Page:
The street divided the flowing villages, one side with homes and the other with mountains flooding into ride paddies. Families, like families in any country, sat on their porches, drank coffee and played cards, and unbelievably, smiled and jested me “hello”‘s upon passing. I know it’s been about forty years since the war ended, and although I’m Canadian, I also wear the complexion of an American- and it amazed me the love that was shared.

Travel Vietnam beauty night

Ahead in the mountains were giant craters, more so earth that died and created a ring of burnt trees along the ring of the battered earth. There were two of them. To me, the only thing I could think of was chaos- it didn’t look natural in anyway, and it added to the chills the village had already bestowed upon me. Soon it began to rain. And not rain that drizzles and then disperses, the kind of rain that is worshipped, the kind of rain that African’s dance for. So much fucking rain. I told Katie we bought the wrong jackets…we bought rain jackets…not typhoon jackets. Shut up, you had to be there!

After quickly changing our destination to the town of Quang Nhai 100km closer, we switched routes to the highway QL1/AH1 to make better timing. The rest of the road was uneventful. We arrived into town soaking wet looking for a bed.

I found a lady, but it would be more appropriate to say she found me. “hotel… hotel” she shouted, with a baby in her arm, running to get my attention. Wanting me in her hotel, she grabbed my arm with a free hand and, if I had let her, would have dragged me up three flights to the best room in the joint- but before it got to that, I asked her how much for the room.
“Ok Katie, I’m going to check this place out- go next door and check out how much for a room there!” Seeing as that we had found a strip of hotels, all standing like tall houses in a row with giant garages as entrances with a little desk that reads Reception, we wanted to play the “which hotel is cheaper” game. So I walked inside with the woman, who adamantly put her baby on the ground in a “just stay here” sort-of-way, she went to get keys. Coming back, I asked her once again, because I don’t trust this woman in the slightest, “how much for a room?”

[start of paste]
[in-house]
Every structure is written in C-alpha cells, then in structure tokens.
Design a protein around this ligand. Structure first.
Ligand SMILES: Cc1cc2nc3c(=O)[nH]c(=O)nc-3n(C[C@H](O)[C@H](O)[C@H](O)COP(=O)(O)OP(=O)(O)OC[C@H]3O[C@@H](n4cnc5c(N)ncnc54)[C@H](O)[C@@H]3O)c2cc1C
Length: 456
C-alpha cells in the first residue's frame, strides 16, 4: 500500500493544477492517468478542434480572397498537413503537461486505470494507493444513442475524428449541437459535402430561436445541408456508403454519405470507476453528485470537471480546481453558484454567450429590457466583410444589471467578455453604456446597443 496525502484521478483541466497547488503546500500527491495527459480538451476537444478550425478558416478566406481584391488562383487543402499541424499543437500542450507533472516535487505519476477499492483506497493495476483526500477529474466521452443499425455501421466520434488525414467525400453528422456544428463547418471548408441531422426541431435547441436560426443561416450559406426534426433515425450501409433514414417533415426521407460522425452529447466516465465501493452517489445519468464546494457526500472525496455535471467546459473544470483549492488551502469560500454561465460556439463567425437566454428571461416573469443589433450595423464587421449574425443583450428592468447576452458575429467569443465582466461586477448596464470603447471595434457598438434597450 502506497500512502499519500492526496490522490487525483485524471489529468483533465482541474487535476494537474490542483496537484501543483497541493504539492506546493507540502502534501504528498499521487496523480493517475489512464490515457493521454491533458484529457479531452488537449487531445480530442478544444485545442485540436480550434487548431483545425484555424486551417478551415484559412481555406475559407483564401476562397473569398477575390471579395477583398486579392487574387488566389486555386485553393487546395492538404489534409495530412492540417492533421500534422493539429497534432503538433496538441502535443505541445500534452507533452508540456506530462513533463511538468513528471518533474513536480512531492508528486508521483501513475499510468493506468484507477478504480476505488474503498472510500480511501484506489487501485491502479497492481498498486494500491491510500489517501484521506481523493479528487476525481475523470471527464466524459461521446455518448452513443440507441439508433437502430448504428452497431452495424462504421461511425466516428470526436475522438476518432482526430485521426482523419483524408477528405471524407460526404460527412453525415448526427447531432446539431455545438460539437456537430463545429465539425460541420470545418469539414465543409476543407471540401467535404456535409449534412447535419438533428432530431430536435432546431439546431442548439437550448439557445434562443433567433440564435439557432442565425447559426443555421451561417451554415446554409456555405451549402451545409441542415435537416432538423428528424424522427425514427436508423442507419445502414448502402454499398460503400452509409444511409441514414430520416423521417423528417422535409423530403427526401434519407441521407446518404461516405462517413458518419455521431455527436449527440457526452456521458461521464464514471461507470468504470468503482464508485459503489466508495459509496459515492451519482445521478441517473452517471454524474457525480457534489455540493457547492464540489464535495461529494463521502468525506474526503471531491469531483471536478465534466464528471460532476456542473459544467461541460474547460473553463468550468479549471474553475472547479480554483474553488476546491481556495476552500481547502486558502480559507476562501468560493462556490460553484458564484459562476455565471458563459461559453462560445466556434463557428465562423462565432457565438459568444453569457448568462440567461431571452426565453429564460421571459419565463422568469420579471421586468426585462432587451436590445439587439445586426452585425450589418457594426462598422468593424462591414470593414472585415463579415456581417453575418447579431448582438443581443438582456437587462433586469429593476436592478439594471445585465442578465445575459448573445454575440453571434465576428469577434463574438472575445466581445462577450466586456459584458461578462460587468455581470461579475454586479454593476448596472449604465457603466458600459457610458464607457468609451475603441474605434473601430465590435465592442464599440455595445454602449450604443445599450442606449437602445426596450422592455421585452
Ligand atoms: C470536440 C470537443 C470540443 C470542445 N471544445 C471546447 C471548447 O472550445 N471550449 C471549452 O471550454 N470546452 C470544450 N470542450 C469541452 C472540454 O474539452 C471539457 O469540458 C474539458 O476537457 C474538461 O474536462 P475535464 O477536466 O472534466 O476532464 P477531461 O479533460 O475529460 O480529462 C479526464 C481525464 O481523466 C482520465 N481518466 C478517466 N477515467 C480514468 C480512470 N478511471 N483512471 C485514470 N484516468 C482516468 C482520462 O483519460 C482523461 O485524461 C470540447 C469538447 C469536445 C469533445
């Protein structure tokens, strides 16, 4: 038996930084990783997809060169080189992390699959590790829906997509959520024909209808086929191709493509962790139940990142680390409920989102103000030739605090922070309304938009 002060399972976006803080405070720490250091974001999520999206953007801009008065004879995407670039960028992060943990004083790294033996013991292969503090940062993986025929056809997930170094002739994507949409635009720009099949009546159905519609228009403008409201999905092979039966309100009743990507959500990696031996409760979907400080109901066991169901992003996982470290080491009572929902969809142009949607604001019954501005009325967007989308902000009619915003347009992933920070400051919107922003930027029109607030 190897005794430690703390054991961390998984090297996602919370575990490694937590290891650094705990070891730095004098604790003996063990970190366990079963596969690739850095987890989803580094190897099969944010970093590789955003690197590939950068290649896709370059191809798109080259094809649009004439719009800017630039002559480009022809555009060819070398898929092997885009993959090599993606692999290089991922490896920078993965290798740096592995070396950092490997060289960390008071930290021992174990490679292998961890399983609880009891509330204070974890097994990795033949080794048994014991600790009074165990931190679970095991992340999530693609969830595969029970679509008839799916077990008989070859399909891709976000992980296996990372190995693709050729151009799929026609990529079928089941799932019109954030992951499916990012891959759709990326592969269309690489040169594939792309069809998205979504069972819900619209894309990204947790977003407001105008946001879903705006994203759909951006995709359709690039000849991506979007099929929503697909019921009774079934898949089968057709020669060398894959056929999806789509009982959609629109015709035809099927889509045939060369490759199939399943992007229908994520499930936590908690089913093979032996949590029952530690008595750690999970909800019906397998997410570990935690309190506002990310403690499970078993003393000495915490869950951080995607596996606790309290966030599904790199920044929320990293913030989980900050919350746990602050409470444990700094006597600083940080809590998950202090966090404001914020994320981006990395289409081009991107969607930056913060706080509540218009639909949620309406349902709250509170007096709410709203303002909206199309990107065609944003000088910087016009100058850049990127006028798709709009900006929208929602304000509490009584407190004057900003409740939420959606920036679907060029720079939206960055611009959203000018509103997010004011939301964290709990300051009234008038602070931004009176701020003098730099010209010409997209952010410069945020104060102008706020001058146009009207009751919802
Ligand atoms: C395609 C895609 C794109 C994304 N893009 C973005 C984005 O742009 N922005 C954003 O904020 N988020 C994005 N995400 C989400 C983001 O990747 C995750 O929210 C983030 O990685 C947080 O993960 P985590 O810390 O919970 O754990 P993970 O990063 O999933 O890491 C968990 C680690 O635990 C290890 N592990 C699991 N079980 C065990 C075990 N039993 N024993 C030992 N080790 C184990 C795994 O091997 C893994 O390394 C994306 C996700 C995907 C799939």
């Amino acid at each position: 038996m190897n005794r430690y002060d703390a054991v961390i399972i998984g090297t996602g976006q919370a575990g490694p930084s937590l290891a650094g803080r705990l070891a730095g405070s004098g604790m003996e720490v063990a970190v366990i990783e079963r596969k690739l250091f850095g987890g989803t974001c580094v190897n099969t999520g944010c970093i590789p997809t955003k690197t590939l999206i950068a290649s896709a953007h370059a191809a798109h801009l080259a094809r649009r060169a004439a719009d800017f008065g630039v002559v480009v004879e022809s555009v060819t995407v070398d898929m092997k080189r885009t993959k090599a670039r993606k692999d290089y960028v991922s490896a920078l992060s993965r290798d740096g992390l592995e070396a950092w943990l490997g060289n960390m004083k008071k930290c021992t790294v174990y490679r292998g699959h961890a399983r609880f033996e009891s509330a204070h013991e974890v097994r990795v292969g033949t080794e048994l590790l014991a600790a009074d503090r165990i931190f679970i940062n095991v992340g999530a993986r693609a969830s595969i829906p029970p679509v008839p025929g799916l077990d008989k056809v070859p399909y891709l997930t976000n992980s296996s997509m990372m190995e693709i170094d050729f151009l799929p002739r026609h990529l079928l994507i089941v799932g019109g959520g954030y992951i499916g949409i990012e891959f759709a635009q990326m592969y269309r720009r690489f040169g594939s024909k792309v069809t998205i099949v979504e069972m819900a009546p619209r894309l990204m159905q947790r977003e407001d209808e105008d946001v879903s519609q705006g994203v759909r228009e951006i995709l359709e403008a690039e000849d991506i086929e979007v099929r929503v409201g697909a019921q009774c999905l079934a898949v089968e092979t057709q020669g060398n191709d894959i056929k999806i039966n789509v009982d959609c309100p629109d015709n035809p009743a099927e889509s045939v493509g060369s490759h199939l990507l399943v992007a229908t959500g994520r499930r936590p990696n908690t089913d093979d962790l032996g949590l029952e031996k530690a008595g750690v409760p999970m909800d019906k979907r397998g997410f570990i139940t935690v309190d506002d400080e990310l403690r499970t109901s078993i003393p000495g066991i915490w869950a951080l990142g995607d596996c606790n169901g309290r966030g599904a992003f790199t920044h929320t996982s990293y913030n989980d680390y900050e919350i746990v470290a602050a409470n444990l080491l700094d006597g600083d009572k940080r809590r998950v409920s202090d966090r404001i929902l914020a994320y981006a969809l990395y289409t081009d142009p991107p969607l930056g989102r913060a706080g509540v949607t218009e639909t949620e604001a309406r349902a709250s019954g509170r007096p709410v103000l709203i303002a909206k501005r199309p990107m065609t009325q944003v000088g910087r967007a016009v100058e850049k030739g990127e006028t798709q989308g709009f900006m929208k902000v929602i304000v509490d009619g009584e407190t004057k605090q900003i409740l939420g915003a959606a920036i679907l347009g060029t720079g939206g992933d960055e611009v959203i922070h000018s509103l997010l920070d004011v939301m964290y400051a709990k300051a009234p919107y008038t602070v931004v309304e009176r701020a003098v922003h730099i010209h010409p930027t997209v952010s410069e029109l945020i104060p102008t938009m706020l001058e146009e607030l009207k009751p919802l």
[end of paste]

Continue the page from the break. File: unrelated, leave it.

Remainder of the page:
“300!” she said after fumbling around for a price, a reoccurring theme that would take place many times over this trip.
“Come on! What? You said 150!”
“Yah you did!” I say as I turn my back and start to walk out.
“No…I never say 150”

Then the two of us get into some semantics, but I have already lost all interest in rooming at her hotel. I shout out to Katie, “babe, she just doubled the price on us…let’s go…”

As we get on our bikes the lady begins saying “ok…150…150!” I feel bad and all, and I would deep down love to support her business…ultimately for her babies sake…but not from someone playing tricks. She lost out and I hope she doesn’t pull that trick on anyone else. But really, I just hope she learned a lesson- but who am I anyways. So we cruise about four seconds up the street, pull into a driveway and she says she has a room for 100,000 dong ($5). We took it.

Makeshift market kitchen

Makeshift market kitchen

What does a $5 room look like? It looks like the most comfortable thing in the world when you’re soaking wet, so wet that even the inside of your pack is soaked, which was wrapped in a waterproof cover much like yourself. But really, a $5 room is equipped with a bed, table, TV, fan, and sometimes AC, hot water and a stranger walking into your room in the middle of the night. More than anything you could ever want when you’re on the road.


The next morning Katie searched for some dry clothes while I threw on the same getup as the day before. No point in changing and throwing a round of well-travelled clothes in a pack of semi-clean ones, it’ll stink up the pack like a shoe in a closet.  We had the last stretch of 100km to Hoi An, a town that had been on my radar when first researching this little journey of ours. Knowing nothing about Vietnam, I considered Hoi An for its fusion of beach-town meets classic French architecture. Other than a few photos on Google maps with Asian lanterns lining streets and hand-crafted dragon boats bobbing about, I had no clue what to expect. Nothing like betting it all on red and diving in head first.